Our trip to Chiang Mai was probably the most activity-filled stop we had in Southeast Asia. Because it’s so well-known to tourists and ex-pats, it was pretty easy on us foreigners. Lots of English, lots of chances to connect with people, and even a few folks we already knew hanging around the area.
Besides the lantern festival and meeting the elephants, we spent time visiting with my cousin and some friends, went to a big Buddhist temple to chat with a monk, took a Thai a cooking class, stumbled upon a weekly ex-pat board game meet-up, and hung around an art show.
Annabelle even had her first Halloween there!
We had heard from other visitors that if we wanted to do a cooking class, Da’s was the way to go. And heck yes I wanted to take a cooking class in Thailand; I LOVE Thai food and was practically giddy about the chance to make some myself.
Meghan, Ali’s cousin who happened to be living in Chiang Mai at the time, came with us, and the three of us created a multi-course meal of delicious soups, curries, and desserts. First, Da took us to a local market and showed us how to pick out various ingredients, then we went back to his organic farm, where he showed us around and we chose some fresh ingredients he had grown, and then the class started!
Cooking in an outdoor hut situated on a pond with a curious baby was a little stressful at times, but she never fell in the water and no food burned, so we count it a total success, even if Joe had to man Ali’s station sometimes while she kept Annabelle from becoming fish food. (Seriously, if you’re in Chiang Mai, check it out–here’s their TripAdvisor rating, and believe us, it is well deserved!)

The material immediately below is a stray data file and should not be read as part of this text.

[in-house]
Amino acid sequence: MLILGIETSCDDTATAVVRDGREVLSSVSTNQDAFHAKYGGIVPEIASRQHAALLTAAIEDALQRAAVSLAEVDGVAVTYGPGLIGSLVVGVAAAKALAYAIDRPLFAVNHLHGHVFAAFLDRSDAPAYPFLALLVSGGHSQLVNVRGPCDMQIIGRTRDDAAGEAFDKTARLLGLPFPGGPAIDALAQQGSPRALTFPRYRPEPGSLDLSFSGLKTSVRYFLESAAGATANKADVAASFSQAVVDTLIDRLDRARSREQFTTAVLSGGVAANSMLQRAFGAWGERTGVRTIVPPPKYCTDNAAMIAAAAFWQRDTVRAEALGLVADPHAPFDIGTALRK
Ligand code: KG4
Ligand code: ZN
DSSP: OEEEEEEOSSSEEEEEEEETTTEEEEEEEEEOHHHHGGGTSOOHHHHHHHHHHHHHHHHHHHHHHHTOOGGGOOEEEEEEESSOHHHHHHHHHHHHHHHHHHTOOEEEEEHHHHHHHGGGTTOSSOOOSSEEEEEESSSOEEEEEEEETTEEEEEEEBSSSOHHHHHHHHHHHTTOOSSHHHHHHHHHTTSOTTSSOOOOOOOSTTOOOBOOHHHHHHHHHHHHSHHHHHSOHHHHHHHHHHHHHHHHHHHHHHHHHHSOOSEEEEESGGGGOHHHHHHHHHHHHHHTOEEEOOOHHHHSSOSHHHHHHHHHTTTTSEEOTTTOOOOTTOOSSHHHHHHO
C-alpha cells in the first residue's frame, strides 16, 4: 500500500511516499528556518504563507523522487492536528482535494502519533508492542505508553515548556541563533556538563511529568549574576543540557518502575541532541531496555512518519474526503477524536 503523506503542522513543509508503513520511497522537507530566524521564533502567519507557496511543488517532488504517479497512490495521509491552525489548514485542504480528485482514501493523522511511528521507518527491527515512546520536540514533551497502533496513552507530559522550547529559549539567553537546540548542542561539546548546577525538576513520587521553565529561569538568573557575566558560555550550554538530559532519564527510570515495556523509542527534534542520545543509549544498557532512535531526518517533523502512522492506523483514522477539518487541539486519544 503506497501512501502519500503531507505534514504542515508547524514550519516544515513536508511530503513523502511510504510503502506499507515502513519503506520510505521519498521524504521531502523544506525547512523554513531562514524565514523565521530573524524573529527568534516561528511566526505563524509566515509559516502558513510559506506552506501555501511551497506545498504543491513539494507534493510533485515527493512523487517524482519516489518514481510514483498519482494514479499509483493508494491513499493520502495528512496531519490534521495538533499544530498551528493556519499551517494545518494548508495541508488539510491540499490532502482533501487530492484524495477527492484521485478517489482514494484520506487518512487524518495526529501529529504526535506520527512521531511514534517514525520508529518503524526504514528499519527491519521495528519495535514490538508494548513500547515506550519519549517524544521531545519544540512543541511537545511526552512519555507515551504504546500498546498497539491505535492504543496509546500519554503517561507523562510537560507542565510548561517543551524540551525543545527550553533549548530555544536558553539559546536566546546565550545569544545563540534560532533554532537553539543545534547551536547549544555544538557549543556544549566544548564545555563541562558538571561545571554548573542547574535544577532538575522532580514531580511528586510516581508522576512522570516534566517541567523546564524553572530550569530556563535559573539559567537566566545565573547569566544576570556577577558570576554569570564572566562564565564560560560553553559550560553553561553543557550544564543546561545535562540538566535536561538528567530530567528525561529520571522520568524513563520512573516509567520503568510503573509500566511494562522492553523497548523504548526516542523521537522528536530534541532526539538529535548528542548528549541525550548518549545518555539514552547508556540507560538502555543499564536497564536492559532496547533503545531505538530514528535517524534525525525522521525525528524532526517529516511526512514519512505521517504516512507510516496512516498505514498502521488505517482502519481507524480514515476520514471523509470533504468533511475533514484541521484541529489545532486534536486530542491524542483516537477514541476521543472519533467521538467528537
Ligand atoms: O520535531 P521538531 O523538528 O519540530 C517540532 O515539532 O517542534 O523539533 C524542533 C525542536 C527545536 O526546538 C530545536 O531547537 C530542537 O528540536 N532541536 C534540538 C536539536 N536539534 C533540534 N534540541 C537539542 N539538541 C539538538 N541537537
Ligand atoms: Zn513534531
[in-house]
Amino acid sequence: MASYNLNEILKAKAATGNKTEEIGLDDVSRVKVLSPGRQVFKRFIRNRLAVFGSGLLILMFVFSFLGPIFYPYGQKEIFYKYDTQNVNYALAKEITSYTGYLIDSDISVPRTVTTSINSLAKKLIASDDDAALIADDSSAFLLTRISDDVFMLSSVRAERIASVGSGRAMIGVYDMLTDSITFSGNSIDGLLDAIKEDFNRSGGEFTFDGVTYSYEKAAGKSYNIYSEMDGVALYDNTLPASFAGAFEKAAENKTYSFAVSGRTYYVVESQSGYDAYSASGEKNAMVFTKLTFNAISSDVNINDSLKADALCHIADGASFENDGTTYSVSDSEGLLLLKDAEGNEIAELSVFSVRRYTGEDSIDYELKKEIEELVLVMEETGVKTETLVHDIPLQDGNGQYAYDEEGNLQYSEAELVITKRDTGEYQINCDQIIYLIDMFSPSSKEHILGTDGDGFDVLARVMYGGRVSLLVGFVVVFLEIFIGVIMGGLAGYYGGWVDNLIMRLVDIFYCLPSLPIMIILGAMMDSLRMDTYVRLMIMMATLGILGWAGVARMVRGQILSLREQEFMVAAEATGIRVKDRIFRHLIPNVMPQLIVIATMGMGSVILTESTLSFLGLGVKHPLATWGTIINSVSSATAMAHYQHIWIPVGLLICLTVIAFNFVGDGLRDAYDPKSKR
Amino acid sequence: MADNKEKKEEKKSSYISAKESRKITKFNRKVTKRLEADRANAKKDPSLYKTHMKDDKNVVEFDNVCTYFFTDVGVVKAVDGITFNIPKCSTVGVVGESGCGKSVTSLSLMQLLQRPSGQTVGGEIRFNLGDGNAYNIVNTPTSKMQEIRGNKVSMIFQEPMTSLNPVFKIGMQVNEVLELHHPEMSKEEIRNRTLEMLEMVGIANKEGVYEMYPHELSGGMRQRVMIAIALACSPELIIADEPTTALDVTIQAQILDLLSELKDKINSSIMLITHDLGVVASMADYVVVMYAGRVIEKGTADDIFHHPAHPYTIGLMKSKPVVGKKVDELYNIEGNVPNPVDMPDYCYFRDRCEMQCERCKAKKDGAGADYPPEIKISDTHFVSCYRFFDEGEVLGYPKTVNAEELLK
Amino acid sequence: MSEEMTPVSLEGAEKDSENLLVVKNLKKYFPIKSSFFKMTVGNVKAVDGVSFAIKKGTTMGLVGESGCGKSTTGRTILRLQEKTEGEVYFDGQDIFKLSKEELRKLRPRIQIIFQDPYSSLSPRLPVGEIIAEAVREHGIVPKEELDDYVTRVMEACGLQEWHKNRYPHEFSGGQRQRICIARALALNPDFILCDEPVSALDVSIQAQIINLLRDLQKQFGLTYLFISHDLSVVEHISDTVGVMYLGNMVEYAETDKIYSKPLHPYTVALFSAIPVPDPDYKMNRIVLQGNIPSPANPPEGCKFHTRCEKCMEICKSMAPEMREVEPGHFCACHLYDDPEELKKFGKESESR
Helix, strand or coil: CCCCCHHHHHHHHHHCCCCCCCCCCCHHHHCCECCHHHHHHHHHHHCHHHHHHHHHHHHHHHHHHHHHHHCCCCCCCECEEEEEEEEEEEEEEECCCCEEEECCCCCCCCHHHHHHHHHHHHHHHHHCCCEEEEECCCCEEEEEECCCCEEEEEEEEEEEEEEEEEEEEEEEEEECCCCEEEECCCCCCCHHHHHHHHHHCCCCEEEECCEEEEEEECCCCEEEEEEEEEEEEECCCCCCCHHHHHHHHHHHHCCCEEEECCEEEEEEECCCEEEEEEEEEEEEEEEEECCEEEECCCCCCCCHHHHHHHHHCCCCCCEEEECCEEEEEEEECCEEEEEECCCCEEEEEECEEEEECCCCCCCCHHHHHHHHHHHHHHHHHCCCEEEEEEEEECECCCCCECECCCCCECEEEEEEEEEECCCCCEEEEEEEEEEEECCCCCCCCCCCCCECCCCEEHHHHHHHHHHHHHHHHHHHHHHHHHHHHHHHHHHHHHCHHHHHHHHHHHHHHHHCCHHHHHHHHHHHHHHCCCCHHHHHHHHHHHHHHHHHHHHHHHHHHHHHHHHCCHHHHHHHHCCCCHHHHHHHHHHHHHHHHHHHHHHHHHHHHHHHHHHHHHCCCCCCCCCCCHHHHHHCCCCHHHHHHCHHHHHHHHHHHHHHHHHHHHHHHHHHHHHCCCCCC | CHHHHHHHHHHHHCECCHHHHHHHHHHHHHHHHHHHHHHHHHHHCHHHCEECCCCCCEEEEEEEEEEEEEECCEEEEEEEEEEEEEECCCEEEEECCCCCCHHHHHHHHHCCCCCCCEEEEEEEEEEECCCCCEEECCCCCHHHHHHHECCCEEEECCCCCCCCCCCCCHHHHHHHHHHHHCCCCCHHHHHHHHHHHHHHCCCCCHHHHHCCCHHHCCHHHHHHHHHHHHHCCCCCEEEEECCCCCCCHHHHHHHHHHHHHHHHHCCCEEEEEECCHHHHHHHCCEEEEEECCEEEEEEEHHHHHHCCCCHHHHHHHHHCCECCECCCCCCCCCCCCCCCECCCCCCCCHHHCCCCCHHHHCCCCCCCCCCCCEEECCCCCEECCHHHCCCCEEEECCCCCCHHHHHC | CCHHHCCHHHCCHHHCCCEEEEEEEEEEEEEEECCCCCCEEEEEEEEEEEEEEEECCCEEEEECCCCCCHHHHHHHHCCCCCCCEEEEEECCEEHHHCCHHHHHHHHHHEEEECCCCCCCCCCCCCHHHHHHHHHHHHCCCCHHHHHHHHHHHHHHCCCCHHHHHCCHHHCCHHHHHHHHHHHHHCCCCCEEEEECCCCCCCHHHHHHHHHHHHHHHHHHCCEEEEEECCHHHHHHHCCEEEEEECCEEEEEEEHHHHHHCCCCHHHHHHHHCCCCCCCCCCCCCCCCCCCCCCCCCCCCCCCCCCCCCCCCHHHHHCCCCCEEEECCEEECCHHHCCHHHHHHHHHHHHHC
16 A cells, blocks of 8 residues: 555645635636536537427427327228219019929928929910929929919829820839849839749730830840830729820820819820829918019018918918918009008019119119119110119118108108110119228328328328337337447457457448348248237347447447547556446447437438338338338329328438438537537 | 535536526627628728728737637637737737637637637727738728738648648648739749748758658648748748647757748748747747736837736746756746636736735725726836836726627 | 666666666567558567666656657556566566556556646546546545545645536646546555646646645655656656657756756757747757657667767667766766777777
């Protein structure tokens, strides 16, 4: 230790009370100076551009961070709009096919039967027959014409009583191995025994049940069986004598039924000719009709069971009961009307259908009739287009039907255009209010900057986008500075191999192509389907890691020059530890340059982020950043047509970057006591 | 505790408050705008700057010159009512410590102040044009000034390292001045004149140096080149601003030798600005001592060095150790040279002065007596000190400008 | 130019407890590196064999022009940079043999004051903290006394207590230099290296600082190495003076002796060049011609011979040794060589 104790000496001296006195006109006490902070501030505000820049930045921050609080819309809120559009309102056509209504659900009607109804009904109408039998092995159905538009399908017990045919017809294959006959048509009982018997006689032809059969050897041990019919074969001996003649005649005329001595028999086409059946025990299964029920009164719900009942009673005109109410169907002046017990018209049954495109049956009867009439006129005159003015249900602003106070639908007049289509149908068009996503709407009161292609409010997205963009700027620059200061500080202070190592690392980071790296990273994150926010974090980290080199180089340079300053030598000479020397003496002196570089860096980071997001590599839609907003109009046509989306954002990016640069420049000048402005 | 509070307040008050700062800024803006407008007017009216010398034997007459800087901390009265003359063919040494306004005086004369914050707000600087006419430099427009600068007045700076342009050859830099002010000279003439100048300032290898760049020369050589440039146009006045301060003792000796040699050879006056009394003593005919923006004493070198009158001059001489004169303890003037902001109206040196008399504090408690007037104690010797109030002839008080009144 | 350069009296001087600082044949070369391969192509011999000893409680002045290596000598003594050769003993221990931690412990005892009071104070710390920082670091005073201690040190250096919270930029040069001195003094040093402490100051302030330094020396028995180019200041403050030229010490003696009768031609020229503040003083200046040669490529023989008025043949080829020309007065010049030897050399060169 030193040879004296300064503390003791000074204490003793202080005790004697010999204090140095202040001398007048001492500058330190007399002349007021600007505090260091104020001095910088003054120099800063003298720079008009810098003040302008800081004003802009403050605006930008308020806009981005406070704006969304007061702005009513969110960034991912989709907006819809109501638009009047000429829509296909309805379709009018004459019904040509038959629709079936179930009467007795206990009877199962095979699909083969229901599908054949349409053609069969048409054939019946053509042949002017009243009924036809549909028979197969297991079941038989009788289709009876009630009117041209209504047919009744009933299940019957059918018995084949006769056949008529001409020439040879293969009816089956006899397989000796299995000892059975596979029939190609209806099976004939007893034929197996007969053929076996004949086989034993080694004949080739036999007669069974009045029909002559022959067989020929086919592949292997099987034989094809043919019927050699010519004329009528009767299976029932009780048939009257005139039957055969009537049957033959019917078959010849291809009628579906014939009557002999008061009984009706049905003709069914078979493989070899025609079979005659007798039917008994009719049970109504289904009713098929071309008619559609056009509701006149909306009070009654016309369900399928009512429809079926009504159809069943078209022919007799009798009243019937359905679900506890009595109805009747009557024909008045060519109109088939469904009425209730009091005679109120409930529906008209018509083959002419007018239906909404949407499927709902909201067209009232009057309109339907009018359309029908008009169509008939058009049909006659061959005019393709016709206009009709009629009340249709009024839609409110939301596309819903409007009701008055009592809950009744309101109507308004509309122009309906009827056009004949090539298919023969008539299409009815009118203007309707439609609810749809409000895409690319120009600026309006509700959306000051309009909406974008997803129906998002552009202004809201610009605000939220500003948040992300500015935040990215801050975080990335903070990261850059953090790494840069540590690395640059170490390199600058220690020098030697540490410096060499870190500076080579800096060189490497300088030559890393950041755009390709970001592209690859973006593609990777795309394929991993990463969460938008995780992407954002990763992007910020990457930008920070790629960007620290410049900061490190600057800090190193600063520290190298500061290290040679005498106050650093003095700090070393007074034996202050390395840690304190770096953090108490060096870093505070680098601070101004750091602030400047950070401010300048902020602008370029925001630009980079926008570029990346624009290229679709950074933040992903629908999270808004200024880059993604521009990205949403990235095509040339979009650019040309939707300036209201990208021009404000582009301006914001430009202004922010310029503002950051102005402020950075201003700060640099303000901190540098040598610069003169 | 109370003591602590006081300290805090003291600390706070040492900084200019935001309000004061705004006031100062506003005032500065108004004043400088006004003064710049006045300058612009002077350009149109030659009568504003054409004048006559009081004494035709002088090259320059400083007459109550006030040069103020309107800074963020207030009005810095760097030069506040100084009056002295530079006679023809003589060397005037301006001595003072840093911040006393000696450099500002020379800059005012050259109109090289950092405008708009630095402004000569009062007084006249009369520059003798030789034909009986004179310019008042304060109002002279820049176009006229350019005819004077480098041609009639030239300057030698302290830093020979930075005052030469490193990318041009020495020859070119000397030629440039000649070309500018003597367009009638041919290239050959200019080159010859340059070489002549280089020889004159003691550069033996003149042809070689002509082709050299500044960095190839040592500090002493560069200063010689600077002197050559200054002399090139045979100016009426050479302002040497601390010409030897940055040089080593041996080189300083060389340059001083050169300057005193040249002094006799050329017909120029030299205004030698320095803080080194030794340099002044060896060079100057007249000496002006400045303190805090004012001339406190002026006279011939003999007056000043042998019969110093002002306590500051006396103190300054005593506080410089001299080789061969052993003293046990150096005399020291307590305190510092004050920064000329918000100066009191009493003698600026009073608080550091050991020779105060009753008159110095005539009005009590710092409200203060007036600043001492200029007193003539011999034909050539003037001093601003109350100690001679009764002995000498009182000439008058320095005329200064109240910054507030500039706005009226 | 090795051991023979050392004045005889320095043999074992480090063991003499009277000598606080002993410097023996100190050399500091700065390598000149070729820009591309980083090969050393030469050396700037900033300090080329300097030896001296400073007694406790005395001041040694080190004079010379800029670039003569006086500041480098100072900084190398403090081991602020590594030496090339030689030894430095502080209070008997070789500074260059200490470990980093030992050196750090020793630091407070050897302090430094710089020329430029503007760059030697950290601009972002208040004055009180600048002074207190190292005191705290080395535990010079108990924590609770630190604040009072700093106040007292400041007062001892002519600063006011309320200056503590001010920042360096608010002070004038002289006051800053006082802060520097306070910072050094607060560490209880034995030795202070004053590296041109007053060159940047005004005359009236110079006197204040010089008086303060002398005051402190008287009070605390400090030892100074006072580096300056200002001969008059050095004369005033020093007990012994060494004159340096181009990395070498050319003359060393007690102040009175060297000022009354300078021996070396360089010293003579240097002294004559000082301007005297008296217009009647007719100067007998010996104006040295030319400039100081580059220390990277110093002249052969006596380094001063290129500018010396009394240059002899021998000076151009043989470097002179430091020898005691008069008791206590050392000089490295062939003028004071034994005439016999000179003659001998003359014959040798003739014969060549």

Just up the mountain from the city of Chiang Mai sits a big Buddhist temple, complete with statues, worshippers, monks, and a large golden spire.
Joe and I aren’t religious, but hey, temples are cool. Some of Joe’s friends were in the area, so we met up with them and enjoyed the chance to wander around, see the art, and take way too long to figure out where the bell sounds came from (tiny bells all along the eaves, meant to do something besides sound pretty, though I don’t remember exactly what).
There was also a pretty great view of Chiang Mai from up there.
And all the rest!
Besides the big experiences of Chiang Mai, we were able to have lots of great little moments we’d never expected. Visiting my cousin’s art show was interesting, and it was wonderful to have time to visit with her.
Getting a chance to sit down and speak with a monk gave us the chance to better understand an important piece of another culture and way of life.
Meeting up with friends and going to ask ex-pat board game meetups several times let us spend a little time feeling that comfort you get when you’re with people from home. If you’ve traveled a lot, you probably understand that feeling.
Overall, Chiang Mai was an opportunity to do touristy things without feeling too much like tourists, while also giving us a little slice of home. It was crazy and beautiful and busy and full of tourists. And very, very fun.